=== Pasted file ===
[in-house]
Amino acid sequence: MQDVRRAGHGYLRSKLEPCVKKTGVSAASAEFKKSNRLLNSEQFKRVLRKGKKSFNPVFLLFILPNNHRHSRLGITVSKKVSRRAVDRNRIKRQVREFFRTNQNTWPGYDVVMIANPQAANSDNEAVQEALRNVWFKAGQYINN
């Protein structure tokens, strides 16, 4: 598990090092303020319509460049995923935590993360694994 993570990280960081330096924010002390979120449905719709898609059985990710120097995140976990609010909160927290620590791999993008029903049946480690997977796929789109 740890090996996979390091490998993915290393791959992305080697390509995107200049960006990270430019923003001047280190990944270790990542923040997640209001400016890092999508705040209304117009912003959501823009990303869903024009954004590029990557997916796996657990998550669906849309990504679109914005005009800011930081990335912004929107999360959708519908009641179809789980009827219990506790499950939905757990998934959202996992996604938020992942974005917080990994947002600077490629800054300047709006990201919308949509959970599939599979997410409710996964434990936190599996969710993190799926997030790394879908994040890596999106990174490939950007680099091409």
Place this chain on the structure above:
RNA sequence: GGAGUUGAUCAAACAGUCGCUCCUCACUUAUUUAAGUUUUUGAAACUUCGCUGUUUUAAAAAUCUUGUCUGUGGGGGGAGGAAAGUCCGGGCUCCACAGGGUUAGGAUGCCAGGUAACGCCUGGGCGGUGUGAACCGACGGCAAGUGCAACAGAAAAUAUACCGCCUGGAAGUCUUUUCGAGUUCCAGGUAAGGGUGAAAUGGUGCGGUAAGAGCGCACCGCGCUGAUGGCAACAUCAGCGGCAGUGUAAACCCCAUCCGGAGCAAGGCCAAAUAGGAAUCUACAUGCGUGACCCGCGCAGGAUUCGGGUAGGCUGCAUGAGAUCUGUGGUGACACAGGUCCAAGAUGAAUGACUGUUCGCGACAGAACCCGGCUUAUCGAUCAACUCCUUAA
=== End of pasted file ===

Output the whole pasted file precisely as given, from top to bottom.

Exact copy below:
[in-house]
Amino acid sequence: MQDVRRAGHGYLRSKLEPCVKKTGVSAASAEFKKSNRLLNSEQFKRVLRKGKKSFNPVFLLFILPNNHRHSRLGITVSKKVSRRAVDRNRIKRQVREFFRTNQNTWPGYDVVMIANPQAANSDNEAVQEALRNVWFKAGQYINN
């Protein structure tokens, strides 16, 4: 598990090092303020319509460049995923935590993360694994 993570990280960081330096924010002390979120449905719709898609059985990710120097995140976990609010909160927290620590791999993008029903049946480690997977796929789109 740890090996996979390091490998993915290393791959992305080697390509995107200049960006990270430019923003001047280190990944270790990542923040997640209001400016890092999508705040209304117009912003959501823009990303869903024009954004590029990557997916796996657990998550669906849309990504679109914005005009800011930081990335912004929107999360959708519908009641179809789980009827219990506790499950939905757990998934959202996992996604938020992942974005917080990994947002600077490629800054300047709006990201919308949509959970599939599979997410409710996964434990936190599996969710993190799926997030790394879908994040890596999106990174490939950007680099091409």
Place this chain on the structure above:
RNA sequence: GGAGUUGAUCAAACAGUCGCUCCUCACUUAUUUAAGUUUUUGAAACUUCGCUGUUUUAAAAAUCUUGUCUGUGGGGGGAGGAAAGUCCGGGCUCCACAGGGUUAGGAUGCCAGGUAACGCCUGGGCGGUGUGAACCGACGGCAAGUGCAACAGAAAAUAUACCGCCUGGAAGUCUUUUCGAGUUCCAGGUAAGGGUGAAAUGGUGCGGUAAGAGCGCACCGCGCUGAUGGCAACAUCAGCGGCAGUGUAAACCCCAUCCGGAGCAAGGCCAAAUAGGAAUCUACAUGCGUGACCCGCGCAGGAUUCGGGUAGGCUGCAUGAGAUCUGUGGUGACACAGGUCCAAGAUGAAUGACUGUUCGCGACAGAACCCGGCUUAUCGAUCAACUCCUUAA